An aneurysm is a bulge in an artery due to the weakening of its wall. The bulge or "ballooning" of the artery may grow larger and eventually tear or rupture if it is not diagnosed and treated. One of the most common places for aneurysms to form is in the aorta, which is the main artery that goes from your heart down to the chest, kidneys, intestines and other organs in the abdomen and pelvis. In the abdomen the aorta divides into the arteries that supply the legs. Aneurysms of the abdominal aorta (AAA) occur between the diaphragm (the muscle that divides the chest cavity from the abdomen) and the place where the aorta divides (near the umbilicus, "belly button"). Sometimes aneurysms can extend above and below this area. If the AAA continues to expand, it will eventually rupture and cause death.
About 15,000 people die of a ruptured AAA in the United States every year. A ruptured AAA is a truly life-threatening emergency and must be repaired immediately to prevent death and disability.
Causes of Aneurysms of the Abdominal Aorta
Proteins in the wall of the aorta, called elastin and collagen, provide strength and flexibility to this large artery. Aneurysms are caused by the breakdown of these proteins that then lead to a weakness of the wall. This can cause the walls to expand like a balloon. These proteins, collagen and elastin, may gradually deteriorate with age. Inflammation that often accompanies atherosclerosis (hardening of the arteries) helps to speed up this degenerative process. Some of the body's naturally occurring enzymes may also cause the breakdown of collagen and elastin in the wall of the aorta. An excess of these enzymes or conditions that activate the enzymes may cause the formation of an aneurysm, or lead to its sudden growth in size. In rare cases an aneurysm may be caused by infection or injury.
Symptoms of AAA
Usually there are no symptoms associated with AAA. Sometimes a patient will notice a particularly strong pulse in the abdomen, but this is also noticeable in a thin person with a normal aorta. When symptoms do occur, they are generally lower abdominal or back pain. Most AAA's are found during tests (particularly x-rays) that are performed for other reasons.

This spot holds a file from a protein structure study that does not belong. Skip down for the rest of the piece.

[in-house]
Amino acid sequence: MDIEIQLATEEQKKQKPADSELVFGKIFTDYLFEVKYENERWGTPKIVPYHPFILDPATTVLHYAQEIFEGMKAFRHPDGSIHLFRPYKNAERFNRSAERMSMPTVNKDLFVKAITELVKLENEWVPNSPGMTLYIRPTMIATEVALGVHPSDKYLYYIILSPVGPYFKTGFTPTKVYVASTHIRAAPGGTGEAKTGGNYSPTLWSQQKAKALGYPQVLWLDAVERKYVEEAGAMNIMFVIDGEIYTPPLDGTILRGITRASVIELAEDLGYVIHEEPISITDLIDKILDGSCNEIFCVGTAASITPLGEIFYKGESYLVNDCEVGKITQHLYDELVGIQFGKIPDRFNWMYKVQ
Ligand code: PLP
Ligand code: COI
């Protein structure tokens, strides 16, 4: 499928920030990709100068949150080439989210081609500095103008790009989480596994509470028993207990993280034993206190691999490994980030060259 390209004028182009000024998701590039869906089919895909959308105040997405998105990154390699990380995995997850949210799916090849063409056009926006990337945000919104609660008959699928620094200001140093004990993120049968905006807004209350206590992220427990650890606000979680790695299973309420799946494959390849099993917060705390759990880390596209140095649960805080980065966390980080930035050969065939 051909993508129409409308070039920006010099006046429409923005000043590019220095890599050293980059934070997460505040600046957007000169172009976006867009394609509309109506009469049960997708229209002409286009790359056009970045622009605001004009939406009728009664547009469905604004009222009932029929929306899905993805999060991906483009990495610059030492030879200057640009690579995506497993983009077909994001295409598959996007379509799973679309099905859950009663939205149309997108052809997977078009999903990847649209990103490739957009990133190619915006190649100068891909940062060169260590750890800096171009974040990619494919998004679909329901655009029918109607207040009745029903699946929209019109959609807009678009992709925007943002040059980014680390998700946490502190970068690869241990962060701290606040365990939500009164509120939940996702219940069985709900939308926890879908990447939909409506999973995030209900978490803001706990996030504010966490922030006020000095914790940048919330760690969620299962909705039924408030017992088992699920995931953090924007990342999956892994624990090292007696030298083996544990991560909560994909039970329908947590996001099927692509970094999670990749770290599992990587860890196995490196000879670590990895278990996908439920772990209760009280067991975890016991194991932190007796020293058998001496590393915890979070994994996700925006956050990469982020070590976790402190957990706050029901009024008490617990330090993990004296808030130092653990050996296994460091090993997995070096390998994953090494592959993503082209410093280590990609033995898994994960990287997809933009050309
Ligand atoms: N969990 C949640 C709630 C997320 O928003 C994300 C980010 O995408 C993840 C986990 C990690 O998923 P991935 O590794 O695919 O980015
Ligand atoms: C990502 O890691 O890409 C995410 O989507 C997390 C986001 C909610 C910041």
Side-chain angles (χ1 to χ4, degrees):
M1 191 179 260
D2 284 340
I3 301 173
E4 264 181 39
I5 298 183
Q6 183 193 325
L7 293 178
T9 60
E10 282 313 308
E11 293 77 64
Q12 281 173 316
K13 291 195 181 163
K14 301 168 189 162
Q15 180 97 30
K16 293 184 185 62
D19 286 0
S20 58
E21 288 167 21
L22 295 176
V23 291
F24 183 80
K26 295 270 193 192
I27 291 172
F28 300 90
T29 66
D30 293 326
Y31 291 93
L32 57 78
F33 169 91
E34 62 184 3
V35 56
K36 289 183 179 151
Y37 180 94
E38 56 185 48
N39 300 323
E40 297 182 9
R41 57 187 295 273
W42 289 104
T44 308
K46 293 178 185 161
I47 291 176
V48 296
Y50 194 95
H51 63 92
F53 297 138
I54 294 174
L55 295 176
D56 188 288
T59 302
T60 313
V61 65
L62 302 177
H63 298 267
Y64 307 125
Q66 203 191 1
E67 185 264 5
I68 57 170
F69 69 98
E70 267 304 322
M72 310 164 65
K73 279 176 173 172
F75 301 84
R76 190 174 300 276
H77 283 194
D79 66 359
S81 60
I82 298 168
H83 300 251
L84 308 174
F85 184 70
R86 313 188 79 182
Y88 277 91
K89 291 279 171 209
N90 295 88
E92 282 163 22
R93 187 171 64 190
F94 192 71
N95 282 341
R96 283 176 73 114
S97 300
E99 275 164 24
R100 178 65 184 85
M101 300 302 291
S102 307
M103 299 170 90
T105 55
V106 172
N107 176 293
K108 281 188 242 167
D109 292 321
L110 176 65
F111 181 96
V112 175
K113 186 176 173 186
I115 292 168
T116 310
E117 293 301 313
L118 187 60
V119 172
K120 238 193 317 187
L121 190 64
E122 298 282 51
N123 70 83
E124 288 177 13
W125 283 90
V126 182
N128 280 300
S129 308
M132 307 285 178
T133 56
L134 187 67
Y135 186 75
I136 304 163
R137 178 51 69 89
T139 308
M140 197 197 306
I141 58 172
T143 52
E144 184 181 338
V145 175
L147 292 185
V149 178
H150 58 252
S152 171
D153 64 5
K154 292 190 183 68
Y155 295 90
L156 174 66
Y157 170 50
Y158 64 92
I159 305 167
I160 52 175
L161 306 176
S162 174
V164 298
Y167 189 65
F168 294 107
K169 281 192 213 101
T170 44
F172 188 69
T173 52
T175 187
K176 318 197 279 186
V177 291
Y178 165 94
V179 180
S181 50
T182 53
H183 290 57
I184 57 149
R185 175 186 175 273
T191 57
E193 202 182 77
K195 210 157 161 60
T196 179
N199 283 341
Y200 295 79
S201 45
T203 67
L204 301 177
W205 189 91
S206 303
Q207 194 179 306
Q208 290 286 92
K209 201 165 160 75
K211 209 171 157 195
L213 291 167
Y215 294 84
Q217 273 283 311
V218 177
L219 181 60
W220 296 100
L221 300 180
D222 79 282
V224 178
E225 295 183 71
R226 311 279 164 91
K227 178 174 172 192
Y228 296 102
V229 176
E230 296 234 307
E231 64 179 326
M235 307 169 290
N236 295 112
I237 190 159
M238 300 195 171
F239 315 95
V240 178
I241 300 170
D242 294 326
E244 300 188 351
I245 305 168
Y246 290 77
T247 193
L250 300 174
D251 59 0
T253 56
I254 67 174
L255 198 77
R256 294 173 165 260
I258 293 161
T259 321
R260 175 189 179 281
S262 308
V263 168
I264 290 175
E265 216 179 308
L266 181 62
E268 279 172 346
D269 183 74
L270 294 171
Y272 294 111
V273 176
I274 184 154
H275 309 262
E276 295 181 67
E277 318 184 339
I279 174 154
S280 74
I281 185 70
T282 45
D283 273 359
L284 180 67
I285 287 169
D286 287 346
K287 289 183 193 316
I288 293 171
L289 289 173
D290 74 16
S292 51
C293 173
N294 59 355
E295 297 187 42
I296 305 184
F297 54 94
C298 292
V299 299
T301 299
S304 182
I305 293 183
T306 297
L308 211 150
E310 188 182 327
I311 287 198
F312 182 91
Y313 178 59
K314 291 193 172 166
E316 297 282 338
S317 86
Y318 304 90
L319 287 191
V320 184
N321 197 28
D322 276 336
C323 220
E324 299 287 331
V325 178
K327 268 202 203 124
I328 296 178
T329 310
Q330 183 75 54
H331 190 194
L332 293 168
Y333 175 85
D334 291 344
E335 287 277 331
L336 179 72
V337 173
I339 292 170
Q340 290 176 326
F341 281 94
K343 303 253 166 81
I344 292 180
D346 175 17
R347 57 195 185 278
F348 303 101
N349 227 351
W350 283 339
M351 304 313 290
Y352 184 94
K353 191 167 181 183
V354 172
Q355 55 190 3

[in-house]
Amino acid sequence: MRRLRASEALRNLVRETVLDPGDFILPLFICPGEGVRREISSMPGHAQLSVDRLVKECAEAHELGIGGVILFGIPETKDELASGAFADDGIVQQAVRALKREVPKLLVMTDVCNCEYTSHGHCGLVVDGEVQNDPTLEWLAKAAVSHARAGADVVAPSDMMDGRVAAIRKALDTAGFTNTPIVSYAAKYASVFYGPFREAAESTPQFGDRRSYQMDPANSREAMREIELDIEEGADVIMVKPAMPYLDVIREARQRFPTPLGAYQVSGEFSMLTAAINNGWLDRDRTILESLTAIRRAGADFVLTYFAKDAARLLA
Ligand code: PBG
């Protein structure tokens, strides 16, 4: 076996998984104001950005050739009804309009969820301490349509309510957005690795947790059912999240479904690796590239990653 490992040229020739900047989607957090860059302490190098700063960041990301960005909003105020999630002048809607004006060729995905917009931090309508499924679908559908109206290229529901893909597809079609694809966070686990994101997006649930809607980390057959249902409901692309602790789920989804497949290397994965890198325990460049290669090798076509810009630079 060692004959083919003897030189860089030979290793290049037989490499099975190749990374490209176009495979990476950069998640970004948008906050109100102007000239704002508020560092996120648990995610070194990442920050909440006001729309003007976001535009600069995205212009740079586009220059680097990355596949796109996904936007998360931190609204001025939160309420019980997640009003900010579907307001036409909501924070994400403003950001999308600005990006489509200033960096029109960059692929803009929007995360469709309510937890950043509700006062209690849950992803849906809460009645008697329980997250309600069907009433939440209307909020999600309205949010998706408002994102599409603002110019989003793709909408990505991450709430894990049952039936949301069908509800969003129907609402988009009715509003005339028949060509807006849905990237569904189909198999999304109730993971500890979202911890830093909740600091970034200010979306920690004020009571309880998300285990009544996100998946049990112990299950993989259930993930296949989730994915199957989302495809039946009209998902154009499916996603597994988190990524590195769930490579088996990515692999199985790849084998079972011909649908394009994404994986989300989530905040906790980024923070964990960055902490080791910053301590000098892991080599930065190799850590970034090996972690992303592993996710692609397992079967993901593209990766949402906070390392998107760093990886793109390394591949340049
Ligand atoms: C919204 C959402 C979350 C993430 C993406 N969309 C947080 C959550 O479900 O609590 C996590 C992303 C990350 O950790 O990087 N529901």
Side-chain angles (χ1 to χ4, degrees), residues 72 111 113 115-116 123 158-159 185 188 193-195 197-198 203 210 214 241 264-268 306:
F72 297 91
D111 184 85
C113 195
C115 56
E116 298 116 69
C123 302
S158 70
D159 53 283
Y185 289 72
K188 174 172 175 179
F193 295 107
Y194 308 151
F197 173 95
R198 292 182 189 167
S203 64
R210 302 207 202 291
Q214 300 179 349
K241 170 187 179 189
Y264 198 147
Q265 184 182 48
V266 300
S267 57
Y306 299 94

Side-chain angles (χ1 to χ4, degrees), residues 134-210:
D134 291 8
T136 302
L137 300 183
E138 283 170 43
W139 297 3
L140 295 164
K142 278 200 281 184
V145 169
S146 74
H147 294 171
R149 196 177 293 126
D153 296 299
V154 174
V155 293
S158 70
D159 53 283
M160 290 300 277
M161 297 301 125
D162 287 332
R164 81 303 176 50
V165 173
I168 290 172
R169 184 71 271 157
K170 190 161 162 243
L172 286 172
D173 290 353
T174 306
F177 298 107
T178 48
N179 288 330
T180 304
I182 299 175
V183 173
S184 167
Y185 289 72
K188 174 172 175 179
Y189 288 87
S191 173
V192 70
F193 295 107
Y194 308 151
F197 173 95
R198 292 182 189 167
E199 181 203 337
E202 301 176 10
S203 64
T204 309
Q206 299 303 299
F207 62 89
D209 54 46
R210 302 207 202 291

The older you are, the higher your risk of aneurysms of the abdominal aorta . Men are also more likely to have an AAA than women. Smoking greatly increases your risk eight-fold.
Risk Factors for Aneurysms of the abdominal aorta
- Age over 60 years
- Family history of abdominal aorta aneurysms
- Tobacco use
- History of heart disease
- History of peripheral arterial disease (PAD)
- High blood pressure (hypertension)
If you have a family history of AAA, you should discuss this with your health-care provider, especially if you have any of the other risks for AAA.
Diagnosis of AAA
Early diagnosis of AAA is essential to prevent rupture, death or disability. Knowing your risk factors and discussing them with your health-care provider are very important. Tests to diagnose AAA are simple and require an ultrasound or CT scan to identify the aneurysm and also measure its size. AAA can also be identified by physical examination, but this is difficult if the person is overweight.
Treatment of AAA
Treatment before rupture is very important. AAA's that are 5-6 centimeters (lemon-sized) need to be repaired. Those that are smaller and cause no symptoms can be watched carefully, so that if they grow, they can be repaired. The method of repair depends upon the size and place of the AAA as well as on the general health of the person needing the repair. Only your doctor can decide which method is appropriate for you.
For over 50 years, the standard treatment of AAA has been to replace the area with a synthetic graft in the operating room under anesthesia. These are very durable and permanently cure the AAA. Most patients stay in the hospital for up to 10 days and enjoy full recovery in several months.
More recently, less invasive methods of AAA repair have emerged. Now, endovascular grafting technology repairs AAA by inserting a graft through small incisions in the groin. The endovascular method delivers the graft through a catheter or tube inserted in the groin arteries. X-ray guidance is then used to position the graft accurately in the AAA. The graft is then expanded inside the aorta and held in place with metallic hooks rather than sutures. The hospital stay is usually only one or two days, and most patients can return to work or normal daily activities in about a week. Endovascular grafts are followed regularly with scans to check on the status of the repair.
Not everyone is a candidate for endovascular repair. Graphs may not be a good fit for some AAA's and open surgery may be the only option.
With early detection and treatment, an AAA is a very treatable problem. Be sure to discuss risk factors with your health-care provider and ask questions.